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How to get the embroidery design on to fabric

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We can all sometimes struggle to get our embroidery project ready to stitch. What transfer technique is the right one? 

There are multiple ways to do this none are wrong, but some make it easier and other work better for specific designs and fabrics.


This is a time old method and works better if using a lightbox than a window, but the latter will do in a pinch (unlike the illustration I wouldn’t recommend candles as a light source).

 You draw the embroidery design directly onto the fabric.  This is a simple, direct method that does not reverse the image and works well when using a lightweight, light-coloured fabric that is semi-transparent when held up to a light source.

How to do it:

Begin by taping the pattern to a window (or light box if you happen to have one). 

Then, position the fabric over top of the pattern, so that the lines show when the light shines through.  If the lines on the paper are too faint to see through the fabric, try going over them with a fine-tipped black marker.  Tape the fabric in place.

Simply trace over the design with a fine-tipped, washable fabric pencil or marker.  I find a mechanical pencil works well too – it creates such fine lines that the embroidery thread will cover up the markings when the stitching is finished.  

This transfering metod is limited as only work on thin, light, and plain fabrics like sheeting. Which makes it a more limited method.

Transfer or Carbon paper

Transfer paper is a good choice for copying patterns onto a variety of colours or thicknesses of fabric with a flat surface – it doesn’t work well for fabrics with a fuzzy surface, like wool.  Transfer paper produces a light, fine line.  Light-coloured paper (such as white or yellow) is a good option for transferring designs onto dark-coloured fabric.  

This method is useful but again not good for working on velvet, wools, denim which has texture or linen twills as the stylus jumps around on the texture.

Pigment from the transfer paper is pressed onto the fabric with a pen or stylus.  This method does not reverse the image.  Its best to make sure the fabric can’t move underneath.

How to do it:

Transfer paper comes in a variety of colours and has a waxy feel, with pigment on one side only.  Choose a colour that will provide good contrast with the fabric.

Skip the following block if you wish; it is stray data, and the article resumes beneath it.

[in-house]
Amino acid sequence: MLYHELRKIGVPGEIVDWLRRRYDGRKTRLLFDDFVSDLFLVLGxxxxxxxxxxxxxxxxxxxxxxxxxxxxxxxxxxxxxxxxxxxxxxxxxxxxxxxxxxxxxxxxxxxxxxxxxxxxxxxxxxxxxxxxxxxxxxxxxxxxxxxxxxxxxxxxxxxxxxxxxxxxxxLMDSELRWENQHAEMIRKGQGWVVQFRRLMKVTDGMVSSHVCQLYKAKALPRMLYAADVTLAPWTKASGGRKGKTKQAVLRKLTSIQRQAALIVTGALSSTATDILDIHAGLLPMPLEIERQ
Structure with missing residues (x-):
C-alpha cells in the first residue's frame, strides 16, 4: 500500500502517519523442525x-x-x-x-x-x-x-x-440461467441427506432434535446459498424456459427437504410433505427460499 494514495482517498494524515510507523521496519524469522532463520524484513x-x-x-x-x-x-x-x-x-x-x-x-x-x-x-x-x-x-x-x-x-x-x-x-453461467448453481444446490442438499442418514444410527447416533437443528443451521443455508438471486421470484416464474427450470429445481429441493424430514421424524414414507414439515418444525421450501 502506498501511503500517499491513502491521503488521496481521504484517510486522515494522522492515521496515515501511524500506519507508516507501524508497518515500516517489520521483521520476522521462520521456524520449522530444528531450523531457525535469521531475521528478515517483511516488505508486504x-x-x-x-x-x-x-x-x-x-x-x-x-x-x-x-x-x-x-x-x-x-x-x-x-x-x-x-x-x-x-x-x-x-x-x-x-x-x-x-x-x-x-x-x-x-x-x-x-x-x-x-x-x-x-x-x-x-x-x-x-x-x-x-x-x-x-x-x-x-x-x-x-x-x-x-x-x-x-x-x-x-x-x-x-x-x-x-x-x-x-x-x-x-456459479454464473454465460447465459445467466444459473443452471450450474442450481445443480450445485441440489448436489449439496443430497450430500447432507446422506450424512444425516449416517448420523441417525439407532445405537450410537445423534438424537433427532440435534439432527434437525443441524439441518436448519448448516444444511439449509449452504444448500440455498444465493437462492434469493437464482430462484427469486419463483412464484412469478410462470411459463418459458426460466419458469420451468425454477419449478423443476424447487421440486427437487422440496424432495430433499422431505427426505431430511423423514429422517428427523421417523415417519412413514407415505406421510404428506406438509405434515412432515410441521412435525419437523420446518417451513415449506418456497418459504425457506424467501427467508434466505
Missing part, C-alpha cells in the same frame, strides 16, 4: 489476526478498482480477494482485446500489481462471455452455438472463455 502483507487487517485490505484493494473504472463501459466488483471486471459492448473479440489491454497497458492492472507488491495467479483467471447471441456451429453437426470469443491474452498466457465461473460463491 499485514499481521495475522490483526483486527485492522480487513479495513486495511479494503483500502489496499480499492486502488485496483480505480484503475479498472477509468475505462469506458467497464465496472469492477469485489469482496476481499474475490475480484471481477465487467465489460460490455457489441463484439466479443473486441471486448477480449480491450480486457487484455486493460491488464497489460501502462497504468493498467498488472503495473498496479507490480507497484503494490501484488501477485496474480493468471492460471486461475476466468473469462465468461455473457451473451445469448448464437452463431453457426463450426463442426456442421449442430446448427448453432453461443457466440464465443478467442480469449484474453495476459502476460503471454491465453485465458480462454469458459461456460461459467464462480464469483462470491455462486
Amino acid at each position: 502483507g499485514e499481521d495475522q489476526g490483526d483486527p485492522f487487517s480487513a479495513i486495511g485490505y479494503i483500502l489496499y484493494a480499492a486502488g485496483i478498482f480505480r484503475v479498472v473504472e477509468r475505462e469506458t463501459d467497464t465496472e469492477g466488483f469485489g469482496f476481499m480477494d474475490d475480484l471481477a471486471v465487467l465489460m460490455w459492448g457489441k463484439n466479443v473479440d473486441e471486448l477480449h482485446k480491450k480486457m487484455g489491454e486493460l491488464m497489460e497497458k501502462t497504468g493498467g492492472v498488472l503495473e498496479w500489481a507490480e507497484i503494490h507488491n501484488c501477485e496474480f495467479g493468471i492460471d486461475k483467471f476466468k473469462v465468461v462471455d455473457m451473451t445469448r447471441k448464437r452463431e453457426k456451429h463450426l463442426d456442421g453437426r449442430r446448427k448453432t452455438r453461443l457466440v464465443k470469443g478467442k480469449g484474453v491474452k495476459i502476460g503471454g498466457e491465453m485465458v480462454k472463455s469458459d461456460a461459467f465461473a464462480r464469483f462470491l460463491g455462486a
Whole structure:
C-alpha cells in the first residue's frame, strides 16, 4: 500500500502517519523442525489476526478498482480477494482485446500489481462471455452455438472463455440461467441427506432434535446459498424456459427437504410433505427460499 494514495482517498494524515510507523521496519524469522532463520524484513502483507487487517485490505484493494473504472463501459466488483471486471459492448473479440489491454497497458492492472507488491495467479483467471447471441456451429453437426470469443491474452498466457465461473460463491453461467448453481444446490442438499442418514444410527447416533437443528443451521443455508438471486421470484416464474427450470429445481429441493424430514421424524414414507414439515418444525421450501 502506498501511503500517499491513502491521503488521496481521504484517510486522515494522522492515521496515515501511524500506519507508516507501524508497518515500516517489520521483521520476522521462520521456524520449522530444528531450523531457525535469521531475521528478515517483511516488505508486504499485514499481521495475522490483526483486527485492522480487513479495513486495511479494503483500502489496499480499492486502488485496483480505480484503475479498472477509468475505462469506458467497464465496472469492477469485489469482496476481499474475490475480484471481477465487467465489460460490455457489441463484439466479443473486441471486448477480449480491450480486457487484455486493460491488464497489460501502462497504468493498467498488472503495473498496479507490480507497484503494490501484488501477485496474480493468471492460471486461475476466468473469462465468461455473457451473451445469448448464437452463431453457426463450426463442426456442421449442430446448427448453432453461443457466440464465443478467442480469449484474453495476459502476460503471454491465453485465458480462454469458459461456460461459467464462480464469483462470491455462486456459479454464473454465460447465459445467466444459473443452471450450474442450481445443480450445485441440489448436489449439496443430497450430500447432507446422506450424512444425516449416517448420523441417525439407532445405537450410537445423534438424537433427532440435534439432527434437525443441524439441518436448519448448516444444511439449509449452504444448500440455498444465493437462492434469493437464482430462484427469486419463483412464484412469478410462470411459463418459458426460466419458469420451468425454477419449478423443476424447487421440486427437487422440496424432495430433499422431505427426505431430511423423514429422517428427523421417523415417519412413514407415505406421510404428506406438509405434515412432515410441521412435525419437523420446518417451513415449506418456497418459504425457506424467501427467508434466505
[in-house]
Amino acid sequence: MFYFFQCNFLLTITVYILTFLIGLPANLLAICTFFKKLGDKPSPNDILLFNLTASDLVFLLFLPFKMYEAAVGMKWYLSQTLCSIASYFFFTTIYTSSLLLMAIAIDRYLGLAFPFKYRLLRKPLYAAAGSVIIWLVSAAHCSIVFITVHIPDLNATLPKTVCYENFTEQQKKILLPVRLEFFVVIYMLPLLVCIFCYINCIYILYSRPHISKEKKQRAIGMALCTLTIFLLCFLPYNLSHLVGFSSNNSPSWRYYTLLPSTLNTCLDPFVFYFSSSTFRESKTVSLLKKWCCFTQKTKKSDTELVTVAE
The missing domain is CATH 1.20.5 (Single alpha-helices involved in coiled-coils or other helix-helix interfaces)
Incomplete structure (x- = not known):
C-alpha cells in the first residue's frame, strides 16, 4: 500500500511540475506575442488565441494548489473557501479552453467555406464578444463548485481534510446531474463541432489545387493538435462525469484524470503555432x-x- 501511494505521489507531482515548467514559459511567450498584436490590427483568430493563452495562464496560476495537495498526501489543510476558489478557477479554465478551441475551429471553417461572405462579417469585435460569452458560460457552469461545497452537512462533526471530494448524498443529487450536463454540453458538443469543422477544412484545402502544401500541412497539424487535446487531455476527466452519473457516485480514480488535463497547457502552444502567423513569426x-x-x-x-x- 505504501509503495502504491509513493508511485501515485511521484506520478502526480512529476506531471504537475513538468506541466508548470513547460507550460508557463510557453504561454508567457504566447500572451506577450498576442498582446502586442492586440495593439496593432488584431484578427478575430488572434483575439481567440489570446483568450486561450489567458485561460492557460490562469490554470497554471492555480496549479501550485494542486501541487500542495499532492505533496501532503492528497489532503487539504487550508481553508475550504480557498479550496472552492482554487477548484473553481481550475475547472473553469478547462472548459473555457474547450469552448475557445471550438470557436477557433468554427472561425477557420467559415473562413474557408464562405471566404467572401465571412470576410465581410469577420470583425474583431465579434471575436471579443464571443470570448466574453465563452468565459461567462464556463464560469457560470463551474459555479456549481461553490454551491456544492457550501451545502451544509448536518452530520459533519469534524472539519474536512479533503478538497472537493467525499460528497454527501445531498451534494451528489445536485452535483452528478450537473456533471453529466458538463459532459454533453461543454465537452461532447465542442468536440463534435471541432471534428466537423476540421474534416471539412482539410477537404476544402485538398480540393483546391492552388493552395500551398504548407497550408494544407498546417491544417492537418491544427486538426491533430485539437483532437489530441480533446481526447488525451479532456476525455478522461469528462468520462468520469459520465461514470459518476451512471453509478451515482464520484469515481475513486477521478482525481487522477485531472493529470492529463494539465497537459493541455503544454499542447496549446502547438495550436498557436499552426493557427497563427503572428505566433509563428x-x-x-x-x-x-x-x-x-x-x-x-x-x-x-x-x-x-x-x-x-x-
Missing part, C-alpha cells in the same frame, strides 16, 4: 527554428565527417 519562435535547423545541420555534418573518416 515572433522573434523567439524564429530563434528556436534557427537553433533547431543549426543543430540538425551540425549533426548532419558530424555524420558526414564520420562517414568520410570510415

Position the paper on top of the fabric, with the pigment side down.  Then position the embroidery pattern right side up, over top of the transfer paper.  

Use a pen, pencil, or stylus to trace over.  Make sure you have a nice hard surface underneath, Practice on a piece of scrap paper to experiment with the amount of pressure needed to transfer the pigment.  I find that it is necessary to press quite hard.  



Embroidery Subscription box Embroidered fingerless Gloves made out of beige knitted Fingerless gloves with floral embroidery in chain stitch in Burgundy, Port, Rust worsted wool being stitched

This is a good allrounder if you can wash the fabric so again no velvet and not great on wools as can leave residue. Brilliant for beginners as all errors in transfer and not accurate stitching on edges of design can be washed away.

Washaway stabiliser works on all types of fabric and ensures the embroidery pattern is transferred precisely.  It can be particularly useful for transferring patterns onto fabric that is thick or has a textured surface, such as wool or corduroy, or a dark-coloured fabric that is difficult to trace onto.

How to do it:

Use a specialized washaway stabiliser product, such as Sulky Fabri-Solvy or Fabri-Solvy Sticky.  

Trace your embroidery design onto the stabiliser, or if you’re using Fabri-Solvy Sticky (with a paper backing) use your computer printer to print the design onto the stabiliser. Baste or adhere (if using sticky product) your design to the fabric, positioned where you’d like the embroidery to be.  Embroider your design through the stabiliser and fabric.  When the embroidery is complete, rinse or wash the fabric and the stabiliser will dissolve. Experiment with these transfer methods to see which ones you prefer – depending on the type of materials you are using for your embroidery projects; they can all be useful.  

It can leave residue, great if using it to make 3d objects not so great if on a floaty fabric.